Above, two stills from The Perils of Pauline, which I take here as an opportunity to announce an exciting book set to come out at the end of this year: Serialization in Popular Culture, edited by Robert Allen and Thijs van den Berg at the University of Amsterdam. The book, which I am very proud to be a part of (with a piece called “The Logic of the Line Segment: Continuity and Discontinuity in the Serial-Queen Melodrama”), will be published by Routledge as part of the Routledge Research in Cultural and Media Studies series.
Here’s a brief description of the collection:
From prime-time television shows and graphic novels to the development of computer game expansion packs, the recent explosion of popular serials has provoked renewed interest in the history and economics of serialization, as well as the impact of this cultural form on readers, viewers, and gamers. In this volume, contributors—literary scholars, media theorists, and specialists in comics, graphic novels, and digital culture—examine the economic, narratological, and social effects of serials from the nineteenth to the twenty-first century and offer some predictions of where the form will go from here.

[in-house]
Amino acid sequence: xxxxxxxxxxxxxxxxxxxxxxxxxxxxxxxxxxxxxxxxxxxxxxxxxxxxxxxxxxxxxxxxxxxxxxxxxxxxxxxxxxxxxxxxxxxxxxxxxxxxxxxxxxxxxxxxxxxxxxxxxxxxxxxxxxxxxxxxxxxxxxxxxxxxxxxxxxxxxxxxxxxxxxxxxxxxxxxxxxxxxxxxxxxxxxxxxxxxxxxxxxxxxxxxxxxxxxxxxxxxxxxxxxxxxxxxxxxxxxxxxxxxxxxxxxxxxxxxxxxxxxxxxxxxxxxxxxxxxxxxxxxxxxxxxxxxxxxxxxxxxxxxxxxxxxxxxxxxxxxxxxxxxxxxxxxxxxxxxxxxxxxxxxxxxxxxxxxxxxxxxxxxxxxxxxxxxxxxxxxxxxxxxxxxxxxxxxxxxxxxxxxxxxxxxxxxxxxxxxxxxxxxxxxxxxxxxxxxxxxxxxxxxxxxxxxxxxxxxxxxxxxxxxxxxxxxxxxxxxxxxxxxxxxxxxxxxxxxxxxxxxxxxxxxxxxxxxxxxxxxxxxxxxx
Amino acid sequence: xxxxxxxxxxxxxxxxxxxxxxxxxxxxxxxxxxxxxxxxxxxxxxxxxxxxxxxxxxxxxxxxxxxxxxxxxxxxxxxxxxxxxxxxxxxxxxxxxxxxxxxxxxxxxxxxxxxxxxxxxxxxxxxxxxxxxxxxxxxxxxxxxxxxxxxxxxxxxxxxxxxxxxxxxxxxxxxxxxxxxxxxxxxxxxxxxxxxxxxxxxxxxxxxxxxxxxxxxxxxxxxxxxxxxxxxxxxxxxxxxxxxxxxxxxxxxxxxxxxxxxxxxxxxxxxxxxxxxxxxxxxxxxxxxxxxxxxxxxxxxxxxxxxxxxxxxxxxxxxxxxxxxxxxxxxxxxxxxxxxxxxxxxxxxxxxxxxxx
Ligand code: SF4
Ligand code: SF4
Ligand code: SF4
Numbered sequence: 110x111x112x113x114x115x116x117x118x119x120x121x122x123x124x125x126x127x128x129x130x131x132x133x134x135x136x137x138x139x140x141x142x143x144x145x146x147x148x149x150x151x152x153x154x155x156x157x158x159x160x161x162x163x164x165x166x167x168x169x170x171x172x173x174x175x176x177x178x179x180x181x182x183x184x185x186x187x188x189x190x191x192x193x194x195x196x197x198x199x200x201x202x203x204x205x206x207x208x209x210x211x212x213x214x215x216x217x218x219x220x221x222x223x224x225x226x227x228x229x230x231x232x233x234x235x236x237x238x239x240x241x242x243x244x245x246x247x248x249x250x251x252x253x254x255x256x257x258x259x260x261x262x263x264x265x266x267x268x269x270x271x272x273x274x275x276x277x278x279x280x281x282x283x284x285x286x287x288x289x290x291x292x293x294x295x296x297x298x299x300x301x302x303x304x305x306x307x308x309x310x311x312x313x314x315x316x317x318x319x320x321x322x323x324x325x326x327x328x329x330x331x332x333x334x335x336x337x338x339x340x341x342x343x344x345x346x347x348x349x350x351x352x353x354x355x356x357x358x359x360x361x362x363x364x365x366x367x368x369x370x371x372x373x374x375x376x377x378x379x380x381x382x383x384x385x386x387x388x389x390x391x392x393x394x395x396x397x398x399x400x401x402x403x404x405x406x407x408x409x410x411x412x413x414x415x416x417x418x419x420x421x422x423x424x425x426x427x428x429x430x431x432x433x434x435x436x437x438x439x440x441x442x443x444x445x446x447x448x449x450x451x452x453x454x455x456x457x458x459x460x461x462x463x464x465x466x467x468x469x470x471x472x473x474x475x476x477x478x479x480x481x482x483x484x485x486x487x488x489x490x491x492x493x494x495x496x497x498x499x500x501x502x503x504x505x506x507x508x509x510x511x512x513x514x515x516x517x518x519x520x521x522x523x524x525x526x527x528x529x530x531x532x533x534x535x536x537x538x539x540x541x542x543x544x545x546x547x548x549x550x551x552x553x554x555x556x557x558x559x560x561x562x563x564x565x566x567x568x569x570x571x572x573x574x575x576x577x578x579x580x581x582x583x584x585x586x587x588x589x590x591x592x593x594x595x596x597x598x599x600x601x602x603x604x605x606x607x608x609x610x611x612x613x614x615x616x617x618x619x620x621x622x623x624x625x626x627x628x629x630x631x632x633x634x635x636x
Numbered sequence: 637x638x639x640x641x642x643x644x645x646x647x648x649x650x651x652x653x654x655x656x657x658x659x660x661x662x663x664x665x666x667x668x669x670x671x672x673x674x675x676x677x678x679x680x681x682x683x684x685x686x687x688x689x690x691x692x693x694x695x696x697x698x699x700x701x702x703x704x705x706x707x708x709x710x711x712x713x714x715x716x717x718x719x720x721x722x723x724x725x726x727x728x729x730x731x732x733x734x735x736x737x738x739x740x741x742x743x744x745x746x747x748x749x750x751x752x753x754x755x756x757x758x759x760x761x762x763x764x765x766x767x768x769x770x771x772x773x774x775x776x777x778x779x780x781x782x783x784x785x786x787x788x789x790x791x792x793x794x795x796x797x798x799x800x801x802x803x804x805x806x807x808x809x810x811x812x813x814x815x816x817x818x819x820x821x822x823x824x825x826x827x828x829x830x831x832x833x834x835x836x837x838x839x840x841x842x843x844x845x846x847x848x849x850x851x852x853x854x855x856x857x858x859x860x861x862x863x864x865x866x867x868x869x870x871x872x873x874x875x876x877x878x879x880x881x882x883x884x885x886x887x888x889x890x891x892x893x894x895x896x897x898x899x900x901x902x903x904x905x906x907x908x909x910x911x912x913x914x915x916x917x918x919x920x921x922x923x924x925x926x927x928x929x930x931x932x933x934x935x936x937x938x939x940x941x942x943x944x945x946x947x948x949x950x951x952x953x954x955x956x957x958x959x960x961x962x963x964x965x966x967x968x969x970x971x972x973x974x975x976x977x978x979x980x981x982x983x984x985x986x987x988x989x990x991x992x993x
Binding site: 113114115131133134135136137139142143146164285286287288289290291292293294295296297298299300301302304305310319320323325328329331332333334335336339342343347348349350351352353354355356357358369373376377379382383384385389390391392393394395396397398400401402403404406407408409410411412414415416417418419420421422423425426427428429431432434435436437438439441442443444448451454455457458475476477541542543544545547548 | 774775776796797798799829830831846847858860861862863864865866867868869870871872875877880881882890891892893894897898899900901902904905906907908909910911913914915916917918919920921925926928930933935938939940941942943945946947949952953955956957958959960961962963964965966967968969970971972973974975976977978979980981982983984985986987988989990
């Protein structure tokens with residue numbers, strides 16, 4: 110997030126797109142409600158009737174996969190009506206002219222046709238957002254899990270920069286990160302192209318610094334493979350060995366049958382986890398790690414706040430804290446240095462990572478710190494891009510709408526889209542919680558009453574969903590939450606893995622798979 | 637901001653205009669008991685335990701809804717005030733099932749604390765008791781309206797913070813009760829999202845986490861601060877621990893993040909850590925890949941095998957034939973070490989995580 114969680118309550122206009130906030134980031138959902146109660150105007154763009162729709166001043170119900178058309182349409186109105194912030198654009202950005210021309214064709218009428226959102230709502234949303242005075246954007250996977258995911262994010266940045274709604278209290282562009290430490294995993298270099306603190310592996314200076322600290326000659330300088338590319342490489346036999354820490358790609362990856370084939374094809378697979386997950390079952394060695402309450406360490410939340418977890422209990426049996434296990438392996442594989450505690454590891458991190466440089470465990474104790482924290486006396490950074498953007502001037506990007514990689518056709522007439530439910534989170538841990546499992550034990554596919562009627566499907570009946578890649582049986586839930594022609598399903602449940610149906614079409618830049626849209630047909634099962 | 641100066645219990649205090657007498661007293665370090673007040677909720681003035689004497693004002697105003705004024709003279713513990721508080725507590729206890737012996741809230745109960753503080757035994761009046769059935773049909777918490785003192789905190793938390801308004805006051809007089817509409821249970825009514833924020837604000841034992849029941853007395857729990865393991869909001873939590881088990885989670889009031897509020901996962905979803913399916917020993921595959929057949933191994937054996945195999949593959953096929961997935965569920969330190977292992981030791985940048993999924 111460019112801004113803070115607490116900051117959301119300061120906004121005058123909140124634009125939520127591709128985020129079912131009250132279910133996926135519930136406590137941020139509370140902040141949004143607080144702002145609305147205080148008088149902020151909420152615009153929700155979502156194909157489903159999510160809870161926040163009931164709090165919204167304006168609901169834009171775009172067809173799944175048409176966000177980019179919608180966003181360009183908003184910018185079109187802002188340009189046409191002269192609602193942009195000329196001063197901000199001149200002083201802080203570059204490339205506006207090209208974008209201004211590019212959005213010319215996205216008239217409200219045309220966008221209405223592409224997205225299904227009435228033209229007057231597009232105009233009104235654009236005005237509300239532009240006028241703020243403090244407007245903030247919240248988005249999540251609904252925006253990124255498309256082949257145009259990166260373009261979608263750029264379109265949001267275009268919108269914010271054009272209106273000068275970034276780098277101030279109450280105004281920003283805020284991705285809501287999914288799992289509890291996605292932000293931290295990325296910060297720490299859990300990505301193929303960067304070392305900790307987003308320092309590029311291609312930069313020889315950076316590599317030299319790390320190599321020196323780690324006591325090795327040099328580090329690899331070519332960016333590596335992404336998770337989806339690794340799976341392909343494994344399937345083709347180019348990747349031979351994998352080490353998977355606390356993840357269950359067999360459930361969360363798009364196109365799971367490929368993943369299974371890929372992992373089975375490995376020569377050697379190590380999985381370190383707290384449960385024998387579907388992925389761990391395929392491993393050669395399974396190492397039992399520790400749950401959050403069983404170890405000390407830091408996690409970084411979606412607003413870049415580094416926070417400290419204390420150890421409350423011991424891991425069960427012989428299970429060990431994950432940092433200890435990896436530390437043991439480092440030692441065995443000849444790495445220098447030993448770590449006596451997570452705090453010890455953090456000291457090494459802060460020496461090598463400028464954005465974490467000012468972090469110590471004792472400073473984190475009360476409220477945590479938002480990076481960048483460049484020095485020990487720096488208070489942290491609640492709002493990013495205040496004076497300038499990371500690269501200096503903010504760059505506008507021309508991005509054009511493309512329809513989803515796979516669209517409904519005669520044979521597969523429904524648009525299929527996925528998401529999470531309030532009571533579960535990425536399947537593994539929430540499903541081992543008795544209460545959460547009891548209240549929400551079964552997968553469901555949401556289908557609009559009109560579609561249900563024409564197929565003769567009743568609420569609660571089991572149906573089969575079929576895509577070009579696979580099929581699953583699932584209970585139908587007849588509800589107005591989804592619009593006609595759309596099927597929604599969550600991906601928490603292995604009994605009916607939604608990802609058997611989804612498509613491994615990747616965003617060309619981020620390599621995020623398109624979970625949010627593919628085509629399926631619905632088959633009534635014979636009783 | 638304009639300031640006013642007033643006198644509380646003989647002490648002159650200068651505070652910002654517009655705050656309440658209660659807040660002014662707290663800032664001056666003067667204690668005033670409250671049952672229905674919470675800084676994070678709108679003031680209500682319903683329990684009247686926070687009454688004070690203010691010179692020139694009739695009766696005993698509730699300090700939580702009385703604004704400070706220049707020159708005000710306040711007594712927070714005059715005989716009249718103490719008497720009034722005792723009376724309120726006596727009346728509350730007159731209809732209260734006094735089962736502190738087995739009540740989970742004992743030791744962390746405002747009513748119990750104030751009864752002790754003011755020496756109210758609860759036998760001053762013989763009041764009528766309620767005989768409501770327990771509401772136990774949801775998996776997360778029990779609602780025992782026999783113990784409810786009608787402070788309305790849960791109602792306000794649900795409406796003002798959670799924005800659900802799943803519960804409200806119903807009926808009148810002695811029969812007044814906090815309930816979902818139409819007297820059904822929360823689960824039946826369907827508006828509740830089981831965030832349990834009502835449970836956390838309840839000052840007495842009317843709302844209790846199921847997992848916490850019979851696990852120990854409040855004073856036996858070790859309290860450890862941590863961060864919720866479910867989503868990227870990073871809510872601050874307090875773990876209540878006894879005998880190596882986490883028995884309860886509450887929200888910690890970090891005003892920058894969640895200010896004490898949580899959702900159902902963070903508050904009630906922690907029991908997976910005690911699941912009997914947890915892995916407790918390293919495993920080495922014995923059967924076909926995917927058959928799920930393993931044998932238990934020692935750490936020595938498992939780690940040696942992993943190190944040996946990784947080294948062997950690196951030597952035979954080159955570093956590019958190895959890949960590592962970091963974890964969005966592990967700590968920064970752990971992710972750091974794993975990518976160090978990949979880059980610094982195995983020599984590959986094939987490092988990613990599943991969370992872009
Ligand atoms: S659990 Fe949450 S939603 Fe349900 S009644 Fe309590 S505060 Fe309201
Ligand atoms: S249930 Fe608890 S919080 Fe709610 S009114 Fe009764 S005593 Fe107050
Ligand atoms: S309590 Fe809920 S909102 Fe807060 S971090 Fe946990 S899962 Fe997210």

With sections on “Victorian Serials,” “Serialization on Screen,” “Serialization in Comic Books and Graphic Novels,” and “Digital Serialization,” this book is going to be an important contribution to the emerging field of seriality studies. But don’t take my word for it; here’s an endorsement from an expert in the field:
“This collection presents an ambitious and original intervention in the field of seriality studies. It captures the workings of serialization as a core principle of modernity by taking stock of a wide range of medial formats and narrative and non-narrative configurations from the nineteenth century to the present time.” — Ruth Mayer, University of Hanover, Germany